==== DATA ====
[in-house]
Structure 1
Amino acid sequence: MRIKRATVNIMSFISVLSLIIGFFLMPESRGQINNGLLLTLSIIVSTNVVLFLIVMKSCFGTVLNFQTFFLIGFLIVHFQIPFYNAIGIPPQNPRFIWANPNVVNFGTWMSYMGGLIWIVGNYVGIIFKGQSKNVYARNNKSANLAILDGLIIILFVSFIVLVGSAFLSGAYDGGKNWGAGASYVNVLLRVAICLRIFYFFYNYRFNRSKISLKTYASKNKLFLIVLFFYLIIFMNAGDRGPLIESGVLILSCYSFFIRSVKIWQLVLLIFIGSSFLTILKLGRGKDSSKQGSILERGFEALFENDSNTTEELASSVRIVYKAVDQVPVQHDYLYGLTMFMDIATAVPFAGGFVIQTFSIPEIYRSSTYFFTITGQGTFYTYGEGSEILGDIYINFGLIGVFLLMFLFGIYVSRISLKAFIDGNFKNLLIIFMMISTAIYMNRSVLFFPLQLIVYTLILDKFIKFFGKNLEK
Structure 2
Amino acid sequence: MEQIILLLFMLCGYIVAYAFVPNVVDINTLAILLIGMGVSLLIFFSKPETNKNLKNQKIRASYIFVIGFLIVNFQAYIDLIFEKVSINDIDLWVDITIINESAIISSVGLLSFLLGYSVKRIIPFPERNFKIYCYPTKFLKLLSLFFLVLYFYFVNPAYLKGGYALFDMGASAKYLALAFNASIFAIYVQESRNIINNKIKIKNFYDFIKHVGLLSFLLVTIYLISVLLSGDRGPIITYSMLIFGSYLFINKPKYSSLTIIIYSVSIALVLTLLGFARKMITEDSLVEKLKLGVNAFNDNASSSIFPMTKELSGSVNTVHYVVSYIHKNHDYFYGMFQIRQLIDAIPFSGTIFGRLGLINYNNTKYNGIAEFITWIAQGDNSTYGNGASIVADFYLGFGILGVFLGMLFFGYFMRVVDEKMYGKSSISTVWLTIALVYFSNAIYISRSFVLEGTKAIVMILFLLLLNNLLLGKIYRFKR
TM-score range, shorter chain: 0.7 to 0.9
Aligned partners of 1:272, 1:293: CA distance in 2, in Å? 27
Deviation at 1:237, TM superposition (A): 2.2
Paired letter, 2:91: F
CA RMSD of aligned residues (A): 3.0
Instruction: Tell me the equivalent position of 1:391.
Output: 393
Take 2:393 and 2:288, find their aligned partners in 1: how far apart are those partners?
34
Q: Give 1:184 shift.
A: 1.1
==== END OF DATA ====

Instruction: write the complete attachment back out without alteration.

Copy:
[in-house]
Structure 1
Amino acid sequence: MRIKRATVNIMSFISVLSLIIGFFLMPESRGQINNGLLLTLSIIVSTNVVLFLIVMKSCFGTVLNFQTFFLIGFLIVHFQIPFYNAIGIPPQNPRFIWANPNVVNFGTWMSYMGGLIWIVGNYVGIIFKGQSKNVYARNNKSANLAILDGLIIILFVSFIVLVGSAFLSGAYDGGKNWGAGASYVNVLLRVAICLRIFYFFYNYRFNRSKISLKTYASKNKLFLIVLFFYLIIFMNAGDRGPLIESGVLILSCYSFFIRSVKIWQLVLLIFIGSSFLTILKLGRGKDSSKQGSILERGFEALFENDSNTTEELASSVRIVYKAVDQVPVQHDYLYGLTMFMDIATAVPFAGGFVIQTFSIPEIYRSSTYFFTITGQGTFYTYGEGSEILGDIYINFGLIGVFLLMFLFGIYVSRISLKAFIDGNFKNLLIIFMMISTAIYMNRSVLFFPLQLIVYTLILDKFIKFFGKNLEK
Structure 2
Amino acid sequence: MEQIILLLFMLCGYIVAYAFVPNVVDINTLAILLIGMGVSLLIFFSKPETNKNLKNQKIRASYIFVIGFLIVNFQAYIDLIFEKVSINDIDLWVDITIINESAIISSVGLLSFLLGYSVKRIIPFPERNFKIYCYPTKFLKLLSLFFLVLYFYFVNPAYLKGGYALFDMGASAKYLALAFNASIFAIYVQESRNIINNKIKIKNFYDFIKHVGLLSFLLVTIYLISVLLSGDRGPIITYSMLIFGSYLFINKPKYSSLTIIIYSVSIALVLTLLGFARKMITEDSLVEKLKLGVNAFNDNASSSIFPMTKELSGSVNTVHYVVSYIHKNHDYFYGMFQIRQLIDAIPFSGTIFGRLGLINYNNTKYNGIAEFITWIAQGDNSTYGNGASIVADFYLGFGILGVFLGMLFFGYFMRVVDEKMYGKSSISTVWLTIALVYFSNAIYISRSFVLEGTKAIVMILFLLLLNNLLLGKIYRFKR
TM-score range, shorter chain: 0.7 to 0.9
Aligned partners of 1:272, 1:293: CA distance in 2, in Å? 27
Deviation at 1:237, TM superposition (A): 2.2
Paired letter, 2:91: F
CA RMSD of aligned residues (A): 3.0
Instruction: Tell me the equivalent position of 1:391.
Output: 393
Take 2:393 and 2:288, find their aligned partners in 1: how far apart are those partners?
34
Q: Give 1:184 shift.
A: 1.1